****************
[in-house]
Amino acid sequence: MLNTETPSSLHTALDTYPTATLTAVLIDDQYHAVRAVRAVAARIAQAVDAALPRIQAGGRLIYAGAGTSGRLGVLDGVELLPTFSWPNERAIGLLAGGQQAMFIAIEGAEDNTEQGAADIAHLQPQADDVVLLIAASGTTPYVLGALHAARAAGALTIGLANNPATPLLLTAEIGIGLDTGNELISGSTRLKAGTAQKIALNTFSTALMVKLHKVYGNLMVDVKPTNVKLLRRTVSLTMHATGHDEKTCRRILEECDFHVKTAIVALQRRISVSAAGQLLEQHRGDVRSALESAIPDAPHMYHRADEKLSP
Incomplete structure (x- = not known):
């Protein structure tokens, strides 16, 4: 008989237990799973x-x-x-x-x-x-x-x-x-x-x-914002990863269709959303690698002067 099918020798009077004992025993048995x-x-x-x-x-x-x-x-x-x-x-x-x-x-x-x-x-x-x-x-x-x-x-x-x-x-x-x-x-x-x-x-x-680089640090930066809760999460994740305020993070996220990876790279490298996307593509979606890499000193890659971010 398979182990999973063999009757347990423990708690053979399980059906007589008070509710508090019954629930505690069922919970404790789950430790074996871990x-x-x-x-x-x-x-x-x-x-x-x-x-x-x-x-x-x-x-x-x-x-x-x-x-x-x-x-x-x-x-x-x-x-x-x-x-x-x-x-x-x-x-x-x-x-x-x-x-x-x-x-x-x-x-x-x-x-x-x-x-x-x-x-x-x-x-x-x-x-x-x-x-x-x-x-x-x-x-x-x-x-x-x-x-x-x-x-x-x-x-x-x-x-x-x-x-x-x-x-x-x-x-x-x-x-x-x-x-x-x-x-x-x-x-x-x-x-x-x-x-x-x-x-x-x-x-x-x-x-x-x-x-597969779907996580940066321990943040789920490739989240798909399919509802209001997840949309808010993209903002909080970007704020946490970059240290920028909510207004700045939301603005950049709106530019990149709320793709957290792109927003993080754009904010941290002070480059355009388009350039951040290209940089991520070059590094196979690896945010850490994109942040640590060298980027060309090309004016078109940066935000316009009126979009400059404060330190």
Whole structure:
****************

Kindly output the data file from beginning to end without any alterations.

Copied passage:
[in-house]
Amino acid sequence: MLNTETPSSLHTALDTYPTATLTAVLIDDQYHAVRAVRAVAARIAQAVDAALPRIQAGGRLIYAGAGTSGRLGVLDGVELLPTFSWPNERAIGLLAGGQQAMFIAIEGAEDNTEQGAADIAHLQPQADDVVLLIAASGTTPYVLGALHAARAAGALTIGLANNPATPLLLTAEIGIGLDTGNELISGSTRLKAGTAQKIALNTFSTALMVKLHKVYGNLMVDVKPTNVKLLRRTVSLTMHATGHDEKTCRRILEECDFHVKTAIVALQRRISVSAAGQLLEQHRGDVRSALESAIPDAPHMYHRADEKLSP
Incomplete structure (x- = not known):
């Protein structure tokens, strides 16, 4: 008989237990799973x-x-x-x-x-x-x-x-x-x-x-914002990863269709959303690698002067 099918020798009077004992025993048995x-x-x-x-x-x-x-x-x-x-x-x-x-x-x-x-x-x-x-x-x-x-x-x-x-x-x-x-x-x-x-x-x-680089640090930066809760999460994740305020993070996220990876790279490298996307593509979606890499000193890659971010 398979182990999973063999009757347990423990708690053979399980059906007589008070509710508090019954629930505690069922919970404790789950430790074996871990x-x-x-x-x-x-x-x-x-x-x-x-x-x-x-x-x-x-x-x-x-x-x-x-x-x-x-x-x-x-x-x-x-x-x-x-x-x-x-x-x-x-x-x-x-x-x-x-x-x-x-x-x-x-x-x-x-x-x-x-x-x-x-x-x-x-x-x-x-x-x-x-x-x-x-x-x-x-x-x-x-x-x-x-x-x-x-x-x-x-x-x-x-x-x-x-x-x-x-x-x-x-x-x-x-x-x-x-x-x-x-x-x-x-x-x-x-x-x-x-x-x-x-x-x-x-x-x-x-x-x-x-x-597969779907996580940066321990943040789920490739989240798909399919509802209001997840949309808010993209903002909080970007704020946490970059240290920028909510207004700045939301603005950049709106530019990149709320793709957290792109927003993080754009904010941290002070480059355009388009350039951040290209940089991520070059590094196979690896945010850490994109942040640590060298980027060309090309004016078109940066935000316009009126979009400059404060330190």
Whole structure: